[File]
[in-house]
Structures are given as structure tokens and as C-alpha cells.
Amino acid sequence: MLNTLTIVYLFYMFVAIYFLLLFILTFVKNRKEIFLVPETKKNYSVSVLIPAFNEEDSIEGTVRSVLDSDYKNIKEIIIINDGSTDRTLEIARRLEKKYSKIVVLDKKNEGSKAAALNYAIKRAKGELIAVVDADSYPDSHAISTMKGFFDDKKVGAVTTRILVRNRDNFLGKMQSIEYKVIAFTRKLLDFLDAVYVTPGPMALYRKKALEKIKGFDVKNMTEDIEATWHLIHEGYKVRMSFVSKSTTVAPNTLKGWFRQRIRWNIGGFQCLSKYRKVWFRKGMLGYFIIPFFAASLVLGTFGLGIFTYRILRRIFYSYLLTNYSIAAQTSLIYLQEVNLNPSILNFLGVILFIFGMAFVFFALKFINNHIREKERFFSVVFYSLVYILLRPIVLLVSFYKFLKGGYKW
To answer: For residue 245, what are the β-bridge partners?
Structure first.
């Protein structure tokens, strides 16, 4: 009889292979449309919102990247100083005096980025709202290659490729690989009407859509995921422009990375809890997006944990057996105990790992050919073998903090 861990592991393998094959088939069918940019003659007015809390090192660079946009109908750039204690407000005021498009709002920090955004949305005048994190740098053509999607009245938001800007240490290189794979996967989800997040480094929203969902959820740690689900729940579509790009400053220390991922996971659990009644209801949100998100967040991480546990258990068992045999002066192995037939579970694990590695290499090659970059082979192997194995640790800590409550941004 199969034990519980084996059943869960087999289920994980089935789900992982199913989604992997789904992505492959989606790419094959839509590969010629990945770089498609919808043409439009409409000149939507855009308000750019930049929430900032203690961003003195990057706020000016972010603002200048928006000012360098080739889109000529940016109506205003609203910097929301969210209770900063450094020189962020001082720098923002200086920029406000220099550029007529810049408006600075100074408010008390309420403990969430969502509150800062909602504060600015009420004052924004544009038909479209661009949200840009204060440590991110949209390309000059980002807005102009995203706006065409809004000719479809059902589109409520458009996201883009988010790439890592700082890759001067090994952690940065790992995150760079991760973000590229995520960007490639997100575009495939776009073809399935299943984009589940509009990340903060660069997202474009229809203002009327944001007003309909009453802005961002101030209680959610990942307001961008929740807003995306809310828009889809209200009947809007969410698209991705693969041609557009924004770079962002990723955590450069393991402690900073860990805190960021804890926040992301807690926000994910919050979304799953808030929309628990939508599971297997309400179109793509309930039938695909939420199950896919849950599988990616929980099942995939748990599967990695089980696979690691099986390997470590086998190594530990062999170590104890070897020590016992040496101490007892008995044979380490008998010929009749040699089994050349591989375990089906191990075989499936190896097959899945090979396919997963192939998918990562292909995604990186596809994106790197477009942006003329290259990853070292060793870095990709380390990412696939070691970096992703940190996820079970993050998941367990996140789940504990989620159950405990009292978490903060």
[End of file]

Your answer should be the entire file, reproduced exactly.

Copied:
[in-house]
Structures are given as structure tokens and as C-alpha cells.
Amino acid sequence: MLNTLTIVYLFYMFVAIYFLLLFILTFVKNRKEIFLVPETKKNYSVSVLIPAFNEEDSIEGTVRSVLDSDYKNIKEIIIINDGSTDRTLEIARRLEKKYSKIVVLDKKNEGSKAAALNYAIKRAKGELIAVVDADSYPDSHAISTMKGFFDDKKVGAVTTRILVRNRDNFLGKMQSIEYKVIAFTRKLLDFLDAVYVTPGPMALYRKKALEKIKGFDVKNMTEDIEATWHLIHEGYKVRMSFVSKSTTVAPNTLKGWFRQRIRWNIGGFQCLSKYRKVWFRKGMLGYFIIPFFAASLVLGTFGLGIFTYRILRRIFYSYLLTNYSIAAQTSLIYLQEVNLNPSILNFLGVILFIFGMAFVFFALKFINNHIREKERFFSVVFYSLVYILLRPIVLLVSFYKFLKGGYKW
To answer: For residue 245, what are the β-bridge partners?
Structure first.
């Protein structure tokens, strides 16, 4: 009889292979449309919102990247100083005096980025709202290659490729690989009407859509995921422009990375809890997006944990057996105990790992050919073998903090 861990592991393998094959088939069918940019003659007015809390090192660079946009109908750039204690407000005021498009709002920090955004949305005048994190740098053509999607009245938001800007240490290189794979996967989800997040480094929203969902959820740690689900729940579509790009400053220390991922996971659990009644209801949100998100967040991480546990258990068992045999002066192995037939579970694990590695290499090659970059082979192997194995640790800590409550941004 199969034990519980084996059943869960087999289920994980089935789900992982199913989604992997789904992505492959989606790419094959839509590969010629990945770089498609919808043409439009409409000149939507855009308000750019930049929430900032203690961003003195990057706020000016972010603002200048928006000012360098080739889109000529940016109506205003609203910097929301969210209770900063450094020189962020001082720098923002200086920029406000220099550029007529810049408006600075100074408010008390309420403990969430969502509150800062909602504060600015009420004052924004544009038909479209661009949200840009204060440590991110949209390309000059980002807005102009995203706006065409809004000719479809059902589109409520458009996201883009988010790439890592700082890759001067090994952690940065790992995150760079991760973000590229995520960007490639997100575009495939776009073809399935299943984009589940509009990340903060660069997202474009229809203002009327944001007003309909009453802005961002101030209680959610990942307001961008929740807003995306809310828009889809209200009947809007969410698209991705693969041609557009924004770079962002990723955590450069393991402690900073860990805190960021804890926040992301807690926000994910919050979304799953808030929309628990939508599971297997309400179109793509309930039938695909939420199950896919849950599988990616929980099942995939748990599967990695089980696979690691099986390997470590086998190594530990062999170590104890070897020590016992040496101490007892008995044979380490008998010929009749040699089994050349591989375990089906191990075989499936190896097959899945090979396919997963192939998918990562292909995604990186596809994106790197477009942006003329290259990853070292060793870095990709380390990412696939070691970096992703940190996820079970993050998941367990996140789940504990989620159950405990009292978490903060």